Samantha just arrived home from work. She immediately undressed and entered the shower. She soaped and repeatedly soaped the washcloth and rubbed it forcefully all over the body – not missing an inch. In her thoughts, she keeps on saying “I must get rid of these germs. I can’t miss a thing!” She was in the shower for almost an hour. After showering, she was cautious to step on the floor towel. She was preparing to get dressed when she accidentally brushed off her vanity table, and a powder keg was toppled over, leaving all the talcum powder on her feet. With this incident, she rushed to the shower room again and started all over again.
The Clinical Picture Of OCD
Obsessive-compulsive disorder (OCD) is a type of anxiety disorder that is characterized by obsessions (thoughts, impulses, or images) and compulsions, which are repetitive behaviors or mental acts) that attempts to neutralize anxiety. A person with OCD experiences recurrent, persistent, unwanted, intrusive thoughts, impulses, or images beyond worrying about real-life problems (Videbeck, 2013). In the clinical vignette, Sam is exhibiting obsessions or intrusive thoughts of germs and dirty surroundings. With this constant thinking and anxiety over contaminating microbes all over the body, this resulted in repetitive actions of getting rid the body of the imagined germs. Thus, Sam would continuously wash hands or have showers for an extended period until she is satisfied that the “germs” are no longer in her body.
Early Treatments For OCD
Medical literature presents early treatments for OCD to include systematic desensitization and aversion therapy.
Systematic Desensitization. Intended initially for phobias, this therapy involves gradual and guided exposure to the feared object. A therapist guides the patient to varying levels or degrees of provoking stimuli while training the patient to perform relaxation techniques. This approach can help the person in the future when faced or if they encounter the cause of their anxiety. Systemic desensitization mainly targets the obsessive thoughts and not more on the compulsions. Experts believe that once the obsessions (thoughts) are eliminated, the compulsions (actions) will also be controlled or averted (Foa, 2010).
Aversion Therapy. This may sound vicious because of the notion that punishment is required as a response to every unfavorable action that the patient performs. The premise of this therapy that if an activity is repeated, it is accompanied by an unpleasant experience that is capable of extinguishing it. In OCD, the most common aversion technique is the “rubber-band snapping technique.” The person wears a rubber band in the wrist and is directed to snap it every time they have some obsessive thoughts coming up. But according to Dean McKay, Ph.D. “the reason for the ineffectiveness of thought-stopping comes from the now well-understood problems associated with thought suppression.”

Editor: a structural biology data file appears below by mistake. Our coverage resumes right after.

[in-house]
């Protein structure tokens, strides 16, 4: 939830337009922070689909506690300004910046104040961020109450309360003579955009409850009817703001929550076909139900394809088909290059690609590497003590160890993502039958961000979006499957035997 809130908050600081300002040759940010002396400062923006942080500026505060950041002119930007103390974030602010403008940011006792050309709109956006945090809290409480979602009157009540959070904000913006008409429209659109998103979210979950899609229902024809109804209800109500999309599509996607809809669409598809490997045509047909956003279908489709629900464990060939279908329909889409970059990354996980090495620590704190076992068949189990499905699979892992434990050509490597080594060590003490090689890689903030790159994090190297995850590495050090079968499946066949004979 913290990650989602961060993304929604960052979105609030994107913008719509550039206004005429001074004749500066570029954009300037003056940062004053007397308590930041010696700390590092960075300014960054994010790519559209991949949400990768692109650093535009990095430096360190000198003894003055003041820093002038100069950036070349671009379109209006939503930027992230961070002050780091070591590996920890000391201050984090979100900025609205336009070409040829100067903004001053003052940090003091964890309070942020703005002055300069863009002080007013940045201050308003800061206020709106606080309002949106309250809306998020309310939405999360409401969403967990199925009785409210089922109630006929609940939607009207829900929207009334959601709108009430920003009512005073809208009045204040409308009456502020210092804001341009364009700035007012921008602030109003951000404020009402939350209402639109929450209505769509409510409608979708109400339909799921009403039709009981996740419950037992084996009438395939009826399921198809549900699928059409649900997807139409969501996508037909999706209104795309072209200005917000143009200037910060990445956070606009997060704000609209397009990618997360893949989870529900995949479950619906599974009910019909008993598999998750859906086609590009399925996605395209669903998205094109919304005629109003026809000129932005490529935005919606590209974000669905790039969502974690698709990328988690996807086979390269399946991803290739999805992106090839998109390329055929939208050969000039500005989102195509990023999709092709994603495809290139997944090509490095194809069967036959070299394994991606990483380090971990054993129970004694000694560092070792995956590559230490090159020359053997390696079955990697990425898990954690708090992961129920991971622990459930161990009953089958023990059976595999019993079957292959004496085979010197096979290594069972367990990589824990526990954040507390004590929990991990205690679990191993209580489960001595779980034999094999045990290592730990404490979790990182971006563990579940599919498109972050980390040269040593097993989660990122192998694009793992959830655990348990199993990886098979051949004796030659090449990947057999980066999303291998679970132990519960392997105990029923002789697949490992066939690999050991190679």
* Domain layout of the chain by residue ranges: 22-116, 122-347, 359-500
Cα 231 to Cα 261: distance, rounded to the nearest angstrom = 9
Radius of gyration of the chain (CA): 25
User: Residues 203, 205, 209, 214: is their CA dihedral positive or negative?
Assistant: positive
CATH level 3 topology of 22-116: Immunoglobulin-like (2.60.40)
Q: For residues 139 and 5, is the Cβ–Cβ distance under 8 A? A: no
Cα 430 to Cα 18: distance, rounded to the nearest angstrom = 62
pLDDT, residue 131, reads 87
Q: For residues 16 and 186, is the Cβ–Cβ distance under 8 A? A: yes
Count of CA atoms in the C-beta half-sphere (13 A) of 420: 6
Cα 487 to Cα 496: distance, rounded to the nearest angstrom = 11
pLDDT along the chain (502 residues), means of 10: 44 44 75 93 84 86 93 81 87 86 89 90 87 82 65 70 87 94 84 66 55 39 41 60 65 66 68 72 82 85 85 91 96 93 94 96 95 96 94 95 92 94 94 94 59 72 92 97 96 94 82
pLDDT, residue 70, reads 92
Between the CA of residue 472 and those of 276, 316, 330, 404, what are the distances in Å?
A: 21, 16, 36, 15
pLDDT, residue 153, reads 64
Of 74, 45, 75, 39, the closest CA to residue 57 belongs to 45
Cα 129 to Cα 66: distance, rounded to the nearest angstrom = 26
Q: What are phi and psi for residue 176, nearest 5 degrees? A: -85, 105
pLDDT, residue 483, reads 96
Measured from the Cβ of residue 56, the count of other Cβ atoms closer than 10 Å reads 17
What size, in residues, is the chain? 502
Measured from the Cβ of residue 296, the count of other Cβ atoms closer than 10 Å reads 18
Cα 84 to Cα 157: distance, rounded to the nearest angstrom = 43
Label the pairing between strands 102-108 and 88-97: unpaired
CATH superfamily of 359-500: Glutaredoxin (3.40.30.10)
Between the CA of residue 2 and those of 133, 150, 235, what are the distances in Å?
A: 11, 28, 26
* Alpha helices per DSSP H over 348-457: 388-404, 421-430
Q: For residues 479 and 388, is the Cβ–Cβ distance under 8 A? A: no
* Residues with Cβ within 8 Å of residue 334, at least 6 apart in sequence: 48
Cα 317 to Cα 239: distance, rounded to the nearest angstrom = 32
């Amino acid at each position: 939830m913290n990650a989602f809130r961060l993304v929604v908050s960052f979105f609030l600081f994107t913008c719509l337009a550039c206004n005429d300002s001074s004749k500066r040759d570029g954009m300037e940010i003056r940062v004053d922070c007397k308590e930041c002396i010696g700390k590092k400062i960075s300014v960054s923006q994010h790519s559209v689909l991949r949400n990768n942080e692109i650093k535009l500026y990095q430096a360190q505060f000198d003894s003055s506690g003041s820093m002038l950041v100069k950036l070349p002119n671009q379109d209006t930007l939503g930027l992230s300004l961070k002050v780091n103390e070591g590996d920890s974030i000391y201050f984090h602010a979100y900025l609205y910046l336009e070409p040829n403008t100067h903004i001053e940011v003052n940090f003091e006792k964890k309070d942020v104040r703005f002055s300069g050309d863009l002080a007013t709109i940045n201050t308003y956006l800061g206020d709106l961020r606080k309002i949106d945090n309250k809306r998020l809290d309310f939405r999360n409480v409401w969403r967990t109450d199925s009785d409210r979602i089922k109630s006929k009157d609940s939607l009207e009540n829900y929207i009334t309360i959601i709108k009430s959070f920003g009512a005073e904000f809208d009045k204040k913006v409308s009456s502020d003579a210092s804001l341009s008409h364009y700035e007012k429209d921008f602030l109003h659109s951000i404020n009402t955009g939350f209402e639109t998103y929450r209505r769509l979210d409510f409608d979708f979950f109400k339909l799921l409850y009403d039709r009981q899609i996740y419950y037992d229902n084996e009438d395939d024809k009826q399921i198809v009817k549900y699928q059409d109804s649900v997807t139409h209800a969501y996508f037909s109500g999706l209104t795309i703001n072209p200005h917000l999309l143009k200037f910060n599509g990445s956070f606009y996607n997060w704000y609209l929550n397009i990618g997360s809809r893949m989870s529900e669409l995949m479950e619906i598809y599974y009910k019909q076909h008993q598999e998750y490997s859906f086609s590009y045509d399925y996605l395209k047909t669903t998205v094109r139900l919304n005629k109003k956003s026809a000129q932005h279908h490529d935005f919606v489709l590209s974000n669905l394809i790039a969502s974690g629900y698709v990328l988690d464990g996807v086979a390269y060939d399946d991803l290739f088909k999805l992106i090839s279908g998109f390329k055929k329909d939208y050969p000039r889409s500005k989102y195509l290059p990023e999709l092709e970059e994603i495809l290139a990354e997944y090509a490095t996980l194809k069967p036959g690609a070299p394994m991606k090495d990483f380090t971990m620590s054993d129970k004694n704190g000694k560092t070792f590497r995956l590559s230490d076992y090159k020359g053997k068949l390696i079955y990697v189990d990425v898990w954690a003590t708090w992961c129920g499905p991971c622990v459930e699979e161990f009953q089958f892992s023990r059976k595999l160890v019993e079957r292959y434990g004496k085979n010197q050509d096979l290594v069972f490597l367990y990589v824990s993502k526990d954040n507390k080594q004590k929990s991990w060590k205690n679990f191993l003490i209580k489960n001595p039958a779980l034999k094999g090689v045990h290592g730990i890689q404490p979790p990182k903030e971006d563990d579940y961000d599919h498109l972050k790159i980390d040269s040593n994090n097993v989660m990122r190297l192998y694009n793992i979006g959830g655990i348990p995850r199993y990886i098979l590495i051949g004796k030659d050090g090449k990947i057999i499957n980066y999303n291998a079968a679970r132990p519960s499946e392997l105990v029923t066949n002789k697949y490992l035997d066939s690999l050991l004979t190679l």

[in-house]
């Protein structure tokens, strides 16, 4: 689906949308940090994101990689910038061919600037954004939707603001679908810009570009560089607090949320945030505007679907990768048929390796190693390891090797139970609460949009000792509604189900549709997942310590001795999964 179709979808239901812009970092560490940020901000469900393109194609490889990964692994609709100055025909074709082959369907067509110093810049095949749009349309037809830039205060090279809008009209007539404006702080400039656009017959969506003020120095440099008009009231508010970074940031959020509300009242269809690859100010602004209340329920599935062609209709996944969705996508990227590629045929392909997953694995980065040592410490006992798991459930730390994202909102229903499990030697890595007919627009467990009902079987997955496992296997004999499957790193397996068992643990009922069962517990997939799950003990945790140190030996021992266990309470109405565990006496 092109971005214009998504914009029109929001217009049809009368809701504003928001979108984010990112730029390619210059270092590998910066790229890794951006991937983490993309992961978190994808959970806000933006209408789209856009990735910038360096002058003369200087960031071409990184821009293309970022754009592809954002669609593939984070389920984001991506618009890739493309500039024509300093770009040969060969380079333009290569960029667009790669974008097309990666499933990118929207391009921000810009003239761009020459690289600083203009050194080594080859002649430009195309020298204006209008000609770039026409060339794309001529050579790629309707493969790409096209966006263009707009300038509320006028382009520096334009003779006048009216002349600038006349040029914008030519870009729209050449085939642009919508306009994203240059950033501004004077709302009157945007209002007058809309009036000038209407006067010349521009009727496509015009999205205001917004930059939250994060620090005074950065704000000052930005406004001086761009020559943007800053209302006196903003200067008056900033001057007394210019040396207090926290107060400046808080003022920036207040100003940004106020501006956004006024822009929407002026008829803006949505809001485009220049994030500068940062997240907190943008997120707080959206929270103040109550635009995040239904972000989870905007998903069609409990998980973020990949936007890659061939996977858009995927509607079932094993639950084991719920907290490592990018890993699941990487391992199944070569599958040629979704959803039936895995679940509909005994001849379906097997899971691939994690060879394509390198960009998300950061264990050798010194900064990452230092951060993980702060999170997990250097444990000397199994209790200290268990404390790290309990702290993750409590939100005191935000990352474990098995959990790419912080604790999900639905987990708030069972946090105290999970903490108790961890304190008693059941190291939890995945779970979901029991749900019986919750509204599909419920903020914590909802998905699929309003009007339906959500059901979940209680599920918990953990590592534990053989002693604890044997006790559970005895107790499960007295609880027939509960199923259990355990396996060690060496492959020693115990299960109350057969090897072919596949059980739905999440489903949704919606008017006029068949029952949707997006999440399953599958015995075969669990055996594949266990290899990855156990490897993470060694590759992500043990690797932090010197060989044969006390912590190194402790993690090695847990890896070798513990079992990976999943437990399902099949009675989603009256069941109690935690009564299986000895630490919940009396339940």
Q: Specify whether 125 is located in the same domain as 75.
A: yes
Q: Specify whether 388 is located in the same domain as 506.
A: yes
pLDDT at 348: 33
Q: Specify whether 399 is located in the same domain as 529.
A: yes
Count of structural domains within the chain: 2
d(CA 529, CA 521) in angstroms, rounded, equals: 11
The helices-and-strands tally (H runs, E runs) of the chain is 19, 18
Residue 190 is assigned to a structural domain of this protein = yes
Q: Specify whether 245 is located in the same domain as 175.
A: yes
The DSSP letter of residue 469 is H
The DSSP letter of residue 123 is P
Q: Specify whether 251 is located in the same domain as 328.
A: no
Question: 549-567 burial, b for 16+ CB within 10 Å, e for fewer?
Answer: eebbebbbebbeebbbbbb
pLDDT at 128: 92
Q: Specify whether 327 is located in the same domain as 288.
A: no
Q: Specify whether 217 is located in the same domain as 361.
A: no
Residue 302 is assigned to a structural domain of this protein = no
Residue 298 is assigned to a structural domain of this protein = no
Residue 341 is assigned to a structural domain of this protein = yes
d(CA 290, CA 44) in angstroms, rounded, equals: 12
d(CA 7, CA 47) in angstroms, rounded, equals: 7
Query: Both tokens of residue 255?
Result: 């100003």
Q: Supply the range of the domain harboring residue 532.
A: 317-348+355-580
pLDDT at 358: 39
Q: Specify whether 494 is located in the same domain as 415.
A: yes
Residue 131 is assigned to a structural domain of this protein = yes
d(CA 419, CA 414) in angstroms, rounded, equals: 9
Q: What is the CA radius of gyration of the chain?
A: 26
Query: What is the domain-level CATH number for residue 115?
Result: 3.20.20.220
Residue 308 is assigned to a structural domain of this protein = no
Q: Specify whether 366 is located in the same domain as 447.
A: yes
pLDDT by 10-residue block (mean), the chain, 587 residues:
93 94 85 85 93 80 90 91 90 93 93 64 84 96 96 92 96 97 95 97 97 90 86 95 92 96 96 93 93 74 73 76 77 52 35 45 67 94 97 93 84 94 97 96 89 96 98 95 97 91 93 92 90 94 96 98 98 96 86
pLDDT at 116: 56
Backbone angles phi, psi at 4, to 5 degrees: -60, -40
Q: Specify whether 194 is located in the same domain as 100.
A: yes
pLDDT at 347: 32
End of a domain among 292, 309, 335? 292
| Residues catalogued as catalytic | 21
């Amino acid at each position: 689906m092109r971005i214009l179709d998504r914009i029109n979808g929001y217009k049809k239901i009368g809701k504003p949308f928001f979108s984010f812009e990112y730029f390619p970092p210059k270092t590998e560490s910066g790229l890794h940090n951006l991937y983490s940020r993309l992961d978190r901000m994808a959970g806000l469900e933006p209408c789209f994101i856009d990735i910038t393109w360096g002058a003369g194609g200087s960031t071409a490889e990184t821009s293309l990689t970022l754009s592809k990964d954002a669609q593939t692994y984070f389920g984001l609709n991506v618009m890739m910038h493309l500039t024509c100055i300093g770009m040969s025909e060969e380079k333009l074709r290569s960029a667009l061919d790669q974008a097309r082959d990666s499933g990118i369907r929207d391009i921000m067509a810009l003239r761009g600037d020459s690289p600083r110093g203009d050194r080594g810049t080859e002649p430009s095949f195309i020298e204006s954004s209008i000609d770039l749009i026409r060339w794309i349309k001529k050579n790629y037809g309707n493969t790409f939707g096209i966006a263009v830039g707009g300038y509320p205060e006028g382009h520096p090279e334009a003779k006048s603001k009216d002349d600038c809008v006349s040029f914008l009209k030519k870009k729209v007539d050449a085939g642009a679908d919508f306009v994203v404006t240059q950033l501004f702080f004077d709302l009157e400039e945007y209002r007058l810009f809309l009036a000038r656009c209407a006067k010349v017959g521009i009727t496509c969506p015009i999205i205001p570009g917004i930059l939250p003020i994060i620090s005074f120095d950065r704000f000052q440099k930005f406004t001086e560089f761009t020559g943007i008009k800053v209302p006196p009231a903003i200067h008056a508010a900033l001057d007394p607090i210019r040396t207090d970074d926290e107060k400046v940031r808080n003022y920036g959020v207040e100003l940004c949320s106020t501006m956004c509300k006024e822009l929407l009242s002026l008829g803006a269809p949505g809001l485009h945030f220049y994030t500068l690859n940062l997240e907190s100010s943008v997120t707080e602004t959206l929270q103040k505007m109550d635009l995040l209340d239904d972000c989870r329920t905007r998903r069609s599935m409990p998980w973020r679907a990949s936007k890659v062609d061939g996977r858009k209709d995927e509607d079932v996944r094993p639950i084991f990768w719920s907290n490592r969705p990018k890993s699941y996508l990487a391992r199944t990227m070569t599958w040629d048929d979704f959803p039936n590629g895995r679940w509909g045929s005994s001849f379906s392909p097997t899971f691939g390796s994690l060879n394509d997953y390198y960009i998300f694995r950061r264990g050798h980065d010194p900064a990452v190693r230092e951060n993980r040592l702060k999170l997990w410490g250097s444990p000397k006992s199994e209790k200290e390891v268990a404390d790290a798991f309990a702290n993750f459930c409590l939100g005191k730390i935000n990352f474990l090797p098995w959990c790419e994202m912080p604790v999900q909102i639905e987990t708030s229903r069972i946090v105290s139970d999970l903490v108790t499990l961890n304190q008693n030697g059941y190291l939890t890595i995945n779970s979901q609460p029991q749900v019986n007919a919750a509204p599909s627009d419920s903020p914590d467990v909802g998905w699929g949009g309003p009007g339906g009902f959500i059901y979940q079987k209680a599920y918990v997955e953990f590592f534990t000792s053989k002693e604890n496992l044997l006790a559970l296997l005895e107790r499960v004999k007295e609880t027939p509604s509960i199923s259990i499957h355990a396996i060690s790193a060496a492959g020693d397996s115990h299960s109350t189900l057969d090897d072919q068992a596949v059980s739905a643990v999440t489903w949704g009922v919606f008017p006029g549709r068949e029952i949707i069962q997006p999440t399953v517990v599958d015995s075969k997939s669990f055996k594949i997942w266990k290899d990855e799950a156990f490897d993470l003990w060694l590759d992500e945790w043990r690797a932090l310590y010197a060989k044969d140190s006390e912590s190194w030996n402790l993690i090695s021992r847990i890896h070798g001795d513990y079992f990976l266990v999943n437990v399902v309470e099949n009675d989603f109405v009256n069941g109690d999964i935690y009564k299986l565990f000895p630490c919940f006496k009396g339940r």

The early treatments were not very successful in reducing the obsessive and compulsive actions. It only addressed minimal changes towards limiting the OCD behaviors, but its totality, the therapeutic effects were nil.
The Effective Treatment
“Like most mental health issues, a lot of people have elements of OCD in their personality,” says Dr. Jacqueline Baulch, a clinical psychologist. OCD can be treated with a combination of medications and behavioral therapies. The goal of behavioral therapies is to reduce the anxiety levels brought about by the obsessions and compulsions by exposing the person to the origin that causes the distress. In gradual steps, the person then develops habituation and becomes adapted to the situation. The whole process of behavioral therapies involves exposure and response prevention. The exposure context consists in assisting the person to deliberately confront the specific circumstances or objects that he or she usually avoids. The response prevention allows the person to practice on delaying or preventing the rituals by developing behaviors that can divert them from doing the repeated acts. Studies show that 80% of OCD patients respond well to this type of therapy.
OCD responds well to behavioral therapy in conjunction with selected medications. According to Jerry Bubrick, PhD, “we were pleased to see the results of a recent study on the effectiveness of treatments for children with obsessive-compulsive disorder. Pleased in part because there are so few studies involving children, but also because researchers were testing not just medication for OCD, but cognitive behavioral therapy.”
Current research is still being undertaken to fully understand and address the concerns of persons with OCD, particularly the subtypes such as “washers,” “checkers,” “orderers,” and “hoarders.” Most OCD has other psychological problems and may need different types of treatments that are specific to these problems.
Videbeck, S., & Videbeck, S. (2013). Psychiatric-mental health nursing. Lippincott Williams & Wilkins.
Foa, E. B. (2010). Cognitive behavioral therapy of obsessive-compulsive disorder. Dialogues in Clinical Neuroscience, 12(2), 199–207.